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ORIGINAL ARTICLE
Year : 2021  |  Volume : 7  |  Issue : 1  |  Page : 19-25

Risk factors for focal osteolysis in a stainless-steel limb-lengthening device


International Center for Limb Lengthening, Rubin Institute for Advanced Orthopedics, Sinai Hospital of Baltimore, Baltimore, Maryland, USA

Correspondence Address:
Dr. Philip Kraus McClure
International Center for Limb Lengthening, Rubin Institute for Advanced Orthopedics, Sinai Hospital of Baltimore, 2401 West Belvedere Avenue, Baltimore, Maryland 21215
USA
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Source of Support: None, Conflict of Interest: None


DOI: 10.4103/jllr.jllr_17_21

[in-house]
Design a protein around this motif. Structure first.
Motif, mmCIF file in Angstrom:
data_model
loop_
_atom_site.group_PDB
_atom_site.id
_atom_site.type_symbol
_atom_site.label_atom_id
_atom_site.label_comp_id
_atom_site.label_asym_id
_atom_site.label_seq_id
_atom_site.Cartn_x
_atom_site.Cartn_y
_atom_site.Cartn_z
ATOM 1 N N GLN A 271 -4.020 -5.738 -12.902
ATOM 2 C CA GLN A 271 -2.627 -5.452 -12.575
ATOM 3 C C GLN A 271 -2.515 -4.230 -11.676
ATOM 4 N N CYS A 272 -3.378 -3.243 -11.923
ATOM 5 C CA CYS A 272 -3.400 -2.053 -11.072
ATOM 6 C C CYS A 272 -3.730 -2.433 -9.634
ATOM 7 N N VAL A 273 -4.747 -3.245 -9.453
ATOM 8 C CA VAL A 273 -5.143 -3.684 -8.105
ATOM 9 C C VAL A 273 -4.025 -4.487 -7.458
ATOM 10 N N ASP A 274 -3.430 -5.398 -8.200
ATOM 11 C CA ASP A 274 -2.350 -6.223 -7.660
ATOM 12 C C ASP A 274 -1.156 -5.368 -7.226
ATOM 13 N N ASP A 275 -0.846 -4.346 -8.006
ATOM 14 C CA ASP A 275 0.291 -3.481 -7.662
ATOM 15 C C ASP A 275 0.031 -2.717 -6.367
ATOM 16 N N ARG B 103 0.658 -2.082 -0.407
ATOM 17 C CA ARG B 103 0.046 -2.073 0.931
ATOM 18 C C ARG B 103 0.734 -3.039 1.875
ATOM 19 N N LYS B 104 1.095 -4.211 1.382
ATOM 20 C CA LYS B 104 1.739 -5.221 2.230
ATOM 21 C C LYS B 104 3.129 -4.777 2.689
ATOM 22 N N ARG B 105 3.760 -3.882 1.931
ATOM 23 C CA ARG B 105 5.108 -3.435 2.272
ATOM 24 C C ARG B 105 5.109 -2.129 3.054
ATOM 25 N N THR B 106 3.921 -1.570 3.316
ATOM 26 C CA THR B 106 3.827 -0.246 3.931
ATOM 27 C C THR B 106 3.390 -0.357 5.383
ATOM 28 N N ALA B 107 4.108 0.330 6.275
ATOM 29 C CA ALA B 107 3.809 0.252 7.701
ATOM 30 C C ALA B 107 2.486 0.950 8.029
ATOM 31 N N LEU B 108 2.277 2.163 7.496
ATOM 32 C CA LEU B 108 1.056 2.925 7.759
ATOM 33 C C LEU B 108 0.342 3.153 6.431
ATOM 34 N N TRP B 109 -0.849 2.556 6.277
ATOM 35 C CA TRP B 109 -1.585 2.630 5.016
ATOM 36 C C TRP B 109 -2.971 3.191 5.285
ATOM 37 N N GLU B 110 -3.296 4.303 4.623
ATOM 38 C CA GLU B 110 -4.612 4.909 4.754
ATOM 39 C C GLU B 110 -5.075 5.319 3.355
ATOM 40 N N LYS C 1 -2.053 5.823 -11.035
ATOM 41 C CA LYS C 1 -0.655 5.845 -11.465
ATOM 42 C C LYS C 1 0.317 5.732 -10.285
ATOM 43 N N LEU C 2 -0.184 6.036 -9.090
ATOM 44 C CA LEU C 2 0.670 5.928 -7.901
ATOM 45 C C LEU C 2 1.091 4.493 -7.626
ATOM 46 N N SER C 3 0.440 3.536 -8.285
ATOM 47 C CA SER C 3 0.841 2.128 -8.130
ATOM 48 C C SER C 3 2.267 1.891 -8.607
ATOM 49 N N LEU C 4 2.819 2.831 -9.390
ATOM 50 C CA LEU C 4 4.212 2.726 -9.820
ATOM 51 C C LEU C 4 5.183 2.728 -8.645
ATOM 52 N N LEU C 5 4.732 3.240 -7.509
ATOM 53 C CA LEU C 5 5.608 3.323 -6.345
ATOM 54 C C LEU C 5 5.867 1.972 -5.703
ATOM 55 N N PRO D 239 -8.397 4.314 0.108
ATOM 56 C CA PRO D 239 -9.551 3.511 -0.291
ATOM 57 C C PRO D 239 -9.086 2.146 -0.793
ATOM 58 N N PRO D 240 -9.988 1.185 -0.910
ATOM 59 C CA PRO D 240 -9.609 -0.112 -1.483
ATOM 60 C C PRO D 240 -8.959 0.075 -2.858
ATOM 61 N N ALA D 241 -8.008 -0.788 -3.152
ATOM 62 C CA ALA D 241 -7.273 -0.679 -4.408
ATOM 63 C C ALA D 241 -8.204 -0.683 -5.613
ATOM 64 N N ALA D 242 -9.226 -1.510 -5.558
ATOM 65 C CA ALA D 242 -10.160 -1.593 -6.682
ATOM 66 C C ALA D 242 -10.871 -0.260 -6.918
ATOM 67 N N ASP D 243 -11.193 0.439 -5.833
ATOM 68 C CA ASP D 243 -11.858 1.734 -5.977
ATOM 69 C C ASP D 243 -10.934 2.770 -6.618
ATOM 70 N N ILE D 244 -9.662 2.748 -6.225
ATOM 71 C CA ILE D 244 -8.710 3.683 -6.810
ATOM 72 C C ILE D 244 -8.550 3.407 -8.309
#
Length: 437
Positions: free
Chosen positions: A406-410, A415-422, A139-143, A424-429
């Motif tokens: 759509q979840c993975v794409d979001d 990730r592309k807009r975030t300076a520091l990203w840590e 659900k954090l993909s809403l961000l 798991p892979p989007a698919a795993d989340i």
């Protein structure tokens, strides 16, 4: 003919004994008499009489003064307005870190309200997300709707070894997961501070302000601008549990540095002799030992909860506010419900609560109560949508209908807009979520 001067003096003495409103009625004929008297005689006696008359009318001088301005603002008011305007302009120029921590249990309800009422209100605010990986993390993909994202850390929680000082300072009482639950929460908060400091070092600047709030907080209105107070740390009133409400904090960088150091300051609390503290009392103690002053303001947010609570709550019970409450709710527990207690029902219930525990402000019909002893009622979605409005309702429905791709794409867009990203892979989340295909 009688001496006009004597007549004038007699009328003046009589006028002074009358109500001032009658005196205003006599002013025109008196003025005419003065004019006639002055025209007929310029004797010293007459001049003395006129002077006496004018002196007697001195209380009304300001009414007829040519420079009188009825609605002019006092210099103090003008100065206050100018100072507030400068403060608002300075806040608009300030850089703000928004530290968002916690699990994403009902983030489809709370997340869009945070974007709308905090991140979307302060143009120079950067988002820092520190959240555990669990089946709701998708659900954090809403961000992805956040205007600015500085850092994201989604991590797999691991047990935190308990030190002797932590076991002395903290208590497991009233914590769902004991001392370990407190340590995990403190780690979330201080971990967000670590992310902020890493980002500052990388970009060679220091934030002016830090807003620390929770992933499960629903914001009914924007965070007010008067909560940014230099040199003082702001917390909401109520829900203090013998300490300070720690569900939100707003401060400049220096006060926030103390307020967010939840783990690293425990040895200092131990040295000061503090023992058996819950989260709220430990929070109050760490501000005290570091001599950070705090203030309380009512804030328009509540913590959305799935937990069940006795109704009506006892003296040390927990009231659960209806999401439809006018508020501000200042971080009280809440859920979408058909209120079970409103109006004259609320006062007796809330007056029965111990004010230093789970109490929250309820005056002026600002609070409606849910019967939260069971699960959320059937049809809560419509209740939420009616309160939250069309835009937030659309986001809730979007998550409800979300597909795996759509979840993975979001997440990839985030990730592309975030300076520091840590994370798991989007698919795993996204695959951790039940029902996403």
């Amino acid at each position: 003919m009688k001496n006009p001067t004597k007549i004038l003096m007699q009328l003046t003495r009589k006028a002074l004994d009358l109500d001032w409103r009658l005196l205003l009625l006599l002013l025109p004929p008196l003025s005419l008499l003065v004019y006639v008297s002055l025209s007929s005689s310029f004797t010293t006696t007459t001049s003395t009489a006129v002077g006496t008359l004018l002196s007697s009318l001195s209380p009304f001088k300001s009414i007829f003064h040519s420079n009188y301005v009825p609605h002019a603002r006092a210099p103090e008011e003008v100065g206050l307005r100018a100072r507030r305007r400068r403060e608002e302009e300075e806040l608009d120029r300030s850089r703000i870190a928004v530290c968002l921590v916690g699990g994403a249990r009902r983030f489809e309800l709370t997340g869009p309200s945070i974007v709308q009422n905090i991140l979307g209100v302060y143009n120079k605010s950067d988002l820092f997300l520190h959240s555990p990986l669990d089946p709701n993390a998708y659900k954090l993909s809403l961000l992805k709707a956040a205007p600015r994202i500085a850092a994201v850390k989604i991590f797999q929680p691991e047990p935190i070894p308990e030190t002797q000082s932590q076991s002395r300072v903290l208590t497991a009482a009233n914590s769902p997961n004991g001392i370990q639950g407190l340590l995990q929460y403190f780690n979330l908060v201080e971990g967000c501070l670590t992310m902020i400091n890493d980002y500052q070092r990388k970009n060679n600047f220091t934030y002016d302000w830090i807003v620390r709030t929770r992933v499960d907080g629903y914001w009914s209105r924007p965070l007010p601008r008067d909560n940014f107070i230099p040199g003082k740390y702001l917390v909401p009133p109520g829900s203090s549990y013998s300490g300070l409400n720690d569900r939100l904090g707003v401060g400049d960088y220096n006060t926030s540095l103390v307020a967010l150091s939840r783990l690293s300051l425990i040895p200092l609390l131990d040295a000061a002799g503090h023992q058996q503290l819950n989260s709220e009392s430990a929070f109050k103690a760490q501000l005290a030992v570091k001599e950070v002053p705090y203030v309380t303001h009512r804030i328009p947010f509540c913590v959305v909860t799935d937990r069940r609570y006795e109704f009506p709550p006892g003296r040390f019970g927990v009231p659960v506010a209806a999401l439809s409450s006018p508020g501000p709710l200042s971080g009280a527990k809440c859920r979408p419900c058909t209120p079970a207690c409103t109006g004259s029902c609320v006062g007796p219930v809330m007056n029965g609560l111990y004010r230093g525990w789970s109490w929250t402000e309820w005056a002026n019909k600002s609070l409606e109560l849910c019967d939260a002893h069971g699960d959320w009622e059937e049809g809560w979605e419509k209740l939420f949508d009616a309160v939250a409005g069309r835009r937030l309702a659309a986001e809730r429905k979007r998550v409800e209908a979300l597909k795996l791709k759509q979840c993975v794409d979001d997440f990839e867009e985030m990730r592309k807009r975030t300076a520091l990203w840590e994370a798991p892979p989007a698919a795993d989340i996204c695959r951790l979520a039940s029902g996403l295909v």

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Background: Magnetic, telescoping intramedullary lengthening devices are widely used for treatment of limb length discrepancies. However, a routine radiographic review of a stainless-steel device demonstrated soft tissue and bony changes suggestive of osteolysis. Therefore, we sought to examine all patients implanted with a stainless-steel limb-lengthening nail. We specifically asked: (1) what is the incidence of periosteal reaction osteolysis? (2) Is a new biologic reaction classification system valid and reliable? and (3) Are there predictive factors for the development of osteolysis? We hypothesized that higher patient weight and femoral insertion would be risk factors for lysis, due to increased bending moments on the implants. Materials and Methods: A retrospective review of all patients implanted with a stainless-steel limb-lengthening nail between December 2018 and December 2020 was conducted at a single institution. A total of 57 nails in 44 patients were radiographically examined with an average follow-up of 6.2 months (range: 1–21 months). The incidence of osteolysis was calculated through review of patient radiographs. These were then classified according to a novel system by five fellowship-trained orthopedic surgeons with agreement assessed using an intraclass correlation coefficient (ICC). Logistic regression measured predictive factors for this phenomenon. A separate histologic analysis of two bone/soft-tissue biopsies at the time of routine explantation was conducted by an independent pathologist. Results: The incidence of periosteal reaction and osteolysis was 36.8% and 17.5%, respectively. Nails with progression to osteolysis increased to 34.6% (9/26) when examining nails with at least a 6-month follow-up. ICC testing yielded good inter-rater agreement for the novel classification system (average measure: 0.860, 95% confidence interval 0.828–0.888). Age >16 years (P = 0.024) and body weight >150 pounds (P = 0.038) were predictors of osteolysis. Histologic analysis of the biopsies demonstrated an abundance of particulate debris suggestive of chromium reaction. Conclusions: The modular junction of a stainless-steel lengthening device is susceptible to osteolytic changes, and this appears to be associated with increased age and weight. This phenomenon has an apparent time dependence: osteolysis increases with greater follow-up.


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